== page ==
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Jacques Raymond.

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Jacques Raymond of Trois-Rivières signed up to serve in the Second World War at the age of 18. On D-Day, he was one of 14,000 Canadian troops who stormed the northern French coastline onto Juno Beach. Mr. Raymond came ashore with the Régiment de la Chaudière, a French-Canadian unit, and remained in Europe until Germany’s surrender in May, 1945. An infantryman, Mr. Raymond was honoured with the French Legion of Honour in 2014. He is a grandfather and great-grandfather who still enjoys golf and bowling. Mr. Raymond is 95.

He recounts his experience on D-Day.

We were squeezed next to one another in the landing craft. It was a little windy, and the sea was rough. But don’t ask how we felt. No one was talking. We just wanted to get there.

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We knew the entire French coastline was a fortress. The Germans had been building it up for years. They’d gathered their troops and got inside their concrete bunkers and their machine gun nests along the beach.

The thing I remember the most was the deafening noise. Planes were flying overhead. Destroyers in the sea were firing above us. It was hell. The noise, the tension. We were trained to handle it, but you had to be there to know how dramatic and stressful it was. It took solid nerves.

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We got out, into about a foot of water. We had to run and run like crazy because we wanted to reach the top of the beach. We succeeded. Others didn’t. In my regiment, we lost more than 100 men the first day. Some died on the beach. Some died in the landing craft as they tried to get out. There were 58 who floated, as they say. The Germans were firing everywhere.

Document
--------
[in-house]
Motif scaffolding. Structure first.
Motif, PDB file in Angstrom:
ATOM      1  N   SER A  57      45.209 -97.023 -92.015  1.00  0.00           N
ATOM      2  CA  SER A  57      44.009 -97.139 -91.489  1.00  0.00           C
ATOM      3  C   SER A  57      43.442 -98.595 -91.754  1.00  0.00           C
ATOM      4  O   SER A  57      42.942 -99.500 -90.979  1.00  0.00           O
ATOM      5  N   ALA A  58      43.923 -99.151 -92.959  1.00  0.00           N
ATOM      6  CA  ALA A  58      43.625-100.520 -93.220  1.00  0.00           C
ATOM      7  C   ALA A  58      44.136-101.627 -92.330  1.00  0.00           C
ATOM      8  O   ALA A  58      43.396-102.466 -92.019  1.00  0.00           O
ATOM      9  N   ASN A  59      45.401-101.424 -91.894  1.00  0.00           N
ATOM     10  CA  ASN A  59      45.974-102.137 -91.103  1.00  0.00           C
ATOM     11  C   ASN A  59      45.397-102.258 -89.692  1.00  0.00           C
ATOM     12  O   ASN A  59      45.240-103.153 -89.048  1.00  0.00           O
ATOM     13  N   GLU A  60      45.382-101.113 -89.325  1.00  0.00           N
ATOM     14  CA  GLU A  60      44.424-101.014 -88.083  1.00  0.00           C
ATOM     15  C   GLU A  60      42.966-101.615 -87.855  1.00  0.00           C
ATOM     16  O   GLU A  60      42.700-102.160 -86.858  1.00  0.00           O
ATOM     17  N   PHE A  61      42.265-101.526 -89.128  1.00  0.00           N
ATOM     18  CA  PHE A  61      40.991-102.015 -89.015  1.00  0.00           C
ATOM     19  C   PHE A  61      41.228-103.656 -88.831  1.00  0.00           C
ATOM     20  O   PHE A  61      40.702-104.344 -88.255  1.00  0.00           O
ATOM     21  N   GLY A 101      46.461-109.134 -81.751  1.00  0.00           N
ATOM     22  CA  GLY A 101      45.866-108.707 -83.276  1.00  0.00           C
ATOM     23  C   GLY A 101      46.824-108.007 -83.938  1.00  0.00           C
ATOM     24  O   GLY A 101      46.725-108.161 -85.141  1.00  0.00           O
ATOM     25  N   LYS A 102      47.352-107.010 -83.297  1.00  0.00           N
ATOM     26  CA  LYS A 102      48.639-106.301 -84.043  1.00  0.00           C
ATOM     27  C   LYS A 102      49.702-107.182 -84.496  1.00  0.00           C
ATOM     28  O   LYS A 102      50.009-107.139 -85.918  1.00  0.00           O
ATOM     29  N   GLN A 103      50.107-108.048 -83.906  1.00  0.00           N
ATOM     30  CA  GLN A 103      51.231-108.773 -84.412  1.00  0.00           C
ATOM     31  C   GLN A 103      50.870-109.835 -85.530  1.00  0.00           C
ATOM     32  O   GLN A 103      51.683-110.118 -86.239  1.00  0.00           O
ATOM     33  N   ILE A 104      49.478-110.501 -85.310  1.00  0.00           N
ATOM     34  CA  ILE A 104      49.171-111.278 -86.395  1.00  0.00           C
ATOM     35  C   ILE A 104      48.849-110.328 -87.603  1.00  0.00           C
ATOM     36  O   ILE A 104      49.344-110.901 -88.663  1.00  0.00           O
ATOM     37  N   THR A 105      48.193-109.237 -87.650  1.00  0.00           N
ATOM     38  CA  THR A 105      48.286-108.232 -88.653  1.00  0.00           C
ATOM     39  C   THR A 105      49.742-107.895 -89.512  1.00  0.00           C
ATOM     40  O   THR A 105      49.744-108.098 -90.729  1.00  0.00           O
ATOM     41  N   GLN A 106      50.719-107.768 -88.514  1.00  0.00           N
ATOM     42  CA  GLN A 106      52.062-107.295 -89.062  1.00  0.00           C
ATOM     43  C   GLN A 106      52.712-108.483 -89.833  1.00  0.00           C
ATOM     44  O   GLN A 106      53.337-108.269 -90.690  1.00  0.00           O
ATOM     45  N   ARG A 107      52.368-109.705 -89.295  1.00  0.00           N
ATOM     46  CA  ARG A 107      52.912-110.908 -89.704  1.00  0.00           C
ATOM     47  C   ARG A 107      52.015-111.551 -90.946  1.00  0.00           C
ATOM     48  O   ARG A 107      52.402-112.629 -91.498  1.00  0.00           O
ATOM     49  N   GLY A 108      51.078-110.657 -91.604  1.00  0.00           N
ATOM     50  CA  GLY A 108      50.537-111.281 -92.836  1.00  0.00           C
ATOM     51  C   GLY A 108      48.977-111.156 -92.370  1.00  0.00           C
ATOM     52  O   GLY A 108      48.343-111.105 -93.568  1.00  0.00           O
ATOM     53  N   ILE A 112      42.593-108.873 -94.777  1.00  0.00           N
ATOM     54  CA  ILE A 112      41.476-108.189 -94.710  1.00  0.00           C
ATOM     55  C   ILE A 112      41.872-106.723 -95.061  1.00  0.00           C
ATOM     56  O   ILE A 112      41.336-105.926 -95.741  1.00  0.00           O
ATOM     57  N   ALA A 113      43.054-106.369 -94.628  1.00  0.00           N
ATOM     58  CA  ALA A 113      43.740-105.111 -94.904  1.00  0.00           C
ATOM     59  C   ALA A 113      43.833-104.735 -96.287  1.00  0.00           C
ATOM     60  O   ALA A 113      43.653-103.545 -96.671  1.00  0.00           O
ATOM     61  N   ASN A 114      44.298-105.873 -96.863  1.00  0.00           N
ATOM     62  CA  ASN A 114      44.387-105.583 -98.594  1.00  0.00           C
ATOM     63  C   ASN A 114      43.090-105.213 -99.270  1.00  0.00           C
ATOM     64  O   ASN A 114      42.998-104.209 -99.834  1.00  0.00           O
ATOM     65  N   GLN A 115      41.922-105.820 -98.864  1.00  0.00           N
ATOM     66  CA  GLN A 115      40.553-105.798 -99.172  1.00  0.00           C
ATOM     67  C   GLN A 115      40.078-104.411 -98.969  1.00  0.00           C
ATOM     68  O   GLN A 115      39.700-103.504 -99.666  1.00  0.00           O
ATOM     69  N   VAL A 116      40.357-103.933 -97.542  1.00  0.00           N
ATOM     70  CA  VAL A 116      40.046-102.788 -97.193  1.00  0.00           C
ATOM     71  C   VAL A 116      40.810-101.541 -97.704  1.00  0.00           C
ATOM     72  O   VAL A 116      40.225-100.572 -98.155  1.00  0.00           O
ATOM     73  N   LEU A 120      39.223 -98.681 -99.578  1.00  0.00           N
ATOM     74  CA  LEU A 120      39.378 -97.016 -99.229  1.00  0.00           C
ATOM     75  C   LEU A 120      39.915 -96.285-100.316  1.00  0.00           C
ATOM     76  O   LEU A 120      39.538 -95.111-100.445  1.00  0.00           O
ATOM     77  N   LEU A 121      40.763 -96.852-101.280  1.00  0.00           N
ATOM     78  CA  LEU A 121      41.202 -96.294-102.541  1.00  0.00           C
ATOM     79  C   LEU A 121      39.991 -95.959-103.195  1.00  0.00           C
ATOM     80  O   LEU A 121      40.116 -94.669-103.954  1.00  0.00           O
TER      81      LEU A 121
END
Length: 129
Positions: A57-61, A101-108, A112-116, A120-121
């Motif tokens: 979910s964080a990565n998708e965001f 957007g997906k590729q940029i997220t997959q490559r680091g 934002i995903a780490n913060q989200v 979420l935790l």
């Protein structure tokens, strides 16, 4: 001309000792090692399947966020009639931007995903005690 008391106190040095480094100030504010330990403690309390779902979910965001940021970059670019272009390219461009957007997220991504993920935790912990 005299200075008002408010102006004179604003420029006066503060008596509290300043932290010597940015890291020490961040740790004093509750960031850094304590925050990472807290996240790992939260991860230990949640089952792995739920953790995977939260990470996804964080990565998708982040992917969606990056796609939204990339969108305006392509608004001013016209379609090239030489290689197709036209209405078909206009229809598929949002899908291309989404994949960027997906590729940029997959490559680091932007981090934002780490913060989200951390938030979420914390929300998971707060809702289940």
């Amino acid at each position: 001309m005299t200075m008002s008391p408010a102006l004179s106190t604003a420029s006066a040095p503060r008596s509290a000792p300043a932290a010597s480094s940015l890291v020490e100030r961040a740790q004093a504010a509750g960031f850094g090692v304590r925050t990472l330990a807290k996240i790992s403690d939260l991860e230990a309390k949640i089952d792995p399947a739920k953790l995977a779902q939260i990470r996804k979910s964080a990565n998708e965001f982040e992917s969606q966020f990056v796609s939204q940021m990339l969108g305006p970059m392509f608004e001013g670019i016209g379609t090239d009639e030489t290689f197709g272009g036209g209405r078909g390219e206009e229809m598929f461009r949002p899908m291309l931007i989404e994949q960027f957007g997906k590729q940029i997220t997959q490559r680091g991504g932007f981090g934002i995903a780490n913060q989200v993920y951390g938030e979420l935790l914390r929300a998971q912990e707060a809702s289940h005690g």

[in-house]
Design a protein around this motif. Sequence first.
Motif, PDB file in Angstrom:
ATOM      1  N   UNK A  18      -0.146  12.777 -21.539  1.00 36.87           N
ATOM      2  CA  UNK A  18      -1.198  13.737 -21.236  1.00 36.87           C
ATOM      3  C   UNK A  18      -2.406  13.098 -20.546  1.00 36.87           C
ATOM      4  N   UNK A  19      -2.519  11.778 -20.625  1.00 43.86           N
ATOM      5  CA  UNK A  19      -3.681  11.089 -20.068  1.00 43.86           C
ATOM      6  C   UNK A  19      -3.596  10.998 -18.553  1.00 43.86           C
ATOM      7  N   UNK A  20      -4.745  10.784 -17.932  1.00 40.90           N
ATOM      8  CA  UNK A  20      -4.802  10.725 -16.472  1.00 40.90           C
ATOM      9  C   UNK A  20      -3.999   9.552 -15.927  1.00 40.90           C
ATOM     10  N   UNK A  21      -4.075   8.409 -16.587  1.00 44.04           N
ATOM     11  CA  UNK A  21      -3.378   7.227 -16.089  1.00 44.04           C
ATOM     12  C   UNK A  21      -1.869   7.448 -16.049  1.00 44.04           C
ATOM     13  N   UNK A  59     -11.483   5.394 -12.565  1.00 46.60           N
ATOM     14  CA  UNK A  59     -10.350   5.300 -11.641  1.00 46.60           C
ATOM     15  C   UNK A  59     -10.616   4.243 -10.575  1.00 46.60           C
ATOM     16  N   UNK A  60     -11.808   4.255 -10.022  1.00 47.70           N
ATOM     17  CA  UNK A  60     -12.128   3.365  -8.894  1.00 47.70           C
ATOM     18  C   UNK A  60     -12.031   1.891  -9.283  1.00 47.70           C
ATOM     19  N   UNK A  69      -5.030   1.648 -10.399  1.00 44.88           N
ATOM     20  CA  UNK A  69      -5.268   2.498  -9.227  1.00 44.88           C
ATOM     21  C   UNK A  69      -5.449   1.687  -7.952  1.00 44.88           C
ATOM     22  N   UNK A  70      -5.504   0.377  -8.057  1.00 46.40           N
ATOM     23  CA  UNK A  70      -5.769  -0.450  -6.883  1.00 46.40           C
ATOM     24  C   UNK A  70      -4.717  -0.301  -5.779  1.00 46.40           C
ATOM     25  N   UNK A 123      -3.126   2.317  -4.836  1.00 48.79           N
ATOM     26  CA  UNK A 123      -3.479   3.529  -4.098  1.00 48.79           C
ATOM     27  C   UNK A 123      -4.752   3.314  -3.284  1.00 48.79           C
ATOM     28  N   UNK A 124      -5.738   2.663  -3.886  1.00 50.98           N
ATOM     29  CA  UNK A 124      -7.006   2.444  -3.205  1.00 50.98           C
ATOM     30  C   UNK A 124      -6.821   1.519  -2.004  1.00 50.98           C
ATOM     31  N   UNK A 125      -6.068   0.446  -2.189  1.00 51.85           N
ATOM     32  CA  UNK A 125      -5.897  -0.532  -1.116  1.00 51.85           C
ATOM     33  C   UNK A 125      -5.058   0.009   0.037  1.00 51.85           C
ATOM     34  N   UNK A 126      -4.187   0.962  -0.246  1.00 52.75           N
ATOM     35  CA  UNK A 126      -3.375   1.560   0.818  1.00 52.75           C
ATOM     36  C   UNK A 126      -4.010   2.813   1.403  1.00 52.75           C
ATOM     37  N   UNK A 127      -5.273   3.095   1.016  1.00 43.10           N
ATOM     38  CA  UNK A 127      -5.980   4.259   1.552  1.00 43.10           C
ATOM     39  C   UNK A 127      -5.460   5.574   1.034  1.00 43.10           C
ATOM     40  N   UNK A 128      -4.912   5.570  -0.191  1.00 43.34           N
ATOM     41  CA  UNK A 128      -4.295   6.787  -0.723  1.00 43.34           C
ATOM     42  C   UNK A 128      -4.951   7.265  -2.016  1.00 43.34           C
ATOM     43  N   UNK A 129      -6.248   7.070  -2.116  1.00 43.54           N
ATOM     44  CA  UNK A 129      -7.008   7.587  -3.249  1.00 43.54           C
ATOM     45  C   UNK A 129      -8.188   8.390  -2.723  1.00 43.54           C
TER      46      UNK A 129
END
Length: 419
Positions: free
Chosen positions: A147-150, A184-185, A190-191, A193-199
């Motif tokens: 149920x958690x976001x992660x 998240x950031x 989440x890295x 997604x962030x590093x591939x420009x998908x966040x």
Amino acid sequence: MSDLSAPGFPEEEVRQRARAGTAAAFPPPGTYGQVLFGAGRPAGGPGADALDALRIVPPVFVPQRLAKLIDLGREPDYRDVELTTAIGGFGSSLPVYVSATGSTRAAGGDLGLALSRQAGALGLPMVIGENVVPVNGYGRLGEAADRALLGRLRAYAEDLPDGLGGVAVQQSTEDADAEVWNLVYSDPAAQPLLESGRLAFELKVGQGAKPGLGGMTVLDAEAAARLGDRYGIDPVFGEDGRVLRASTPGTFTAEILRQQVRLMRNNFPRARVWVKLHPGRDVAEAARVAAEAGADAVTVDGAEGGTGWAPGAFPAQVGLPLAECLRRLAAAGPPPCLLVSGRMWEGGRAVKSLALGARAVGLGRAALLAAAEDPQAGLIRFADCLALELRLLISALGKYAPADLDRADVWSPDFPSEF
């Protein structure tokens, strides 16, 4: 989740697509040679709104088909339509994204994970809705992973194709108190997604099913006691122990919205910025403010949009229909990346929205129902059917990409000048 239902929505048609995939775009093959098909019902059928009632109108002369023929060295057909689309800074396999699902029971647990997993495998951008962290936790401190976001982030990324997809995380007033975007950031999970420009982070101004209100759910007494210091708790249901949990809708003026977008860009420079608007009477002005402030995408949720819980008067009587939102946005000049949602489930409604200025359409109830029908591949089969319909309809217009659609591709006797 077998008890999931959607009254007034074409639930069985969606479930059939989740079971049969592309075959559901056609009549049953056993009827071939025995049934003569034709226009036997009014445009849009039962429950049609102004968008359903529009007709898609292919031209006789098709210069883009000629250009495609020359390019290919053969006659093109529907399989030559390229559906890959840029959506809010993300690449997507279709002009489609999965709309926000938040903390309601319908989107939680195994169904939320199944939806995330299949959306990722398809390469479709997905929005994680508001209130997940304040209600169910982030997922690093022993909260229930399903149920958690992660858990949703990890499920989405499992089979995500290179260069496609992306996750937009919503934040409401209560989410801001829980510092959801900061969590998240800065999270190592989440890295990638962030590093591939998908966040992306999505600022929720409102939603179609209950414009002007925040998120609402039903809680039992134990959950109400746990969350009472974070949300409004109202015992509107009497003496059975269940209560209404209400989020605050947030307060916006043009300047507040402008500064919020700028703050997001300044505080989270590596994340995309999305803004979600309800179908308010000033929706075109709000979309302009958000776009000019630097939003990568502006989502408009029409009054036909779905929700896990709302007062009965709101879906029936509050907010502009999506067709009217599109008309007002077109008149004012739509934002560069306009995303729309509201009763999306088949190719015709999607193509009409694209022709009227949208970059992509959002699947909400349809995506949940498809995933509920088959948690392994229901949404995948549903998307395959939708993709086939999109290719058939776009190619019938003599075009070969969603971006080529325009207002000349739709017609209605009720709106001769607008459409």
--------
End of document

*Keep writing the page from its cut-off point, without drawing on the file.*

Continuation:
Destiny can make you lucky. The guy next to you can get shot and you don’t. It’s chance.

The Germans wanted to throw us back into the sea – that was the expression. But they never could, because there were too many of us and we were too strong. When you think the Normandy landing was 150,000 Allied troops, it was something.

In all, I was [in Europe] for 11 months, from the day I landed in Normandy until the ceasefire in May, 1945. I feel good that I joined the side of those who wanted to go defend democracy. We were shown newsreels about the horrors, the way the Germans were killing civilians and setting fire to homes. We saw how Jews were being taken out of their homes at gunpoint and shot in the street. It motivated us.

I’ve been back to France in 2004 and 2015. I’ve seen the way people embrace us and say “Thank you” over and over. We gave them the chance to regain their freedom. Still, we think of our friends that we lost. I’m proud when everyone applauds us. I say to them, “You’re applauding for me, but those who never returned home, they’re still heroes.”

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As told to Ingrid Peritz.

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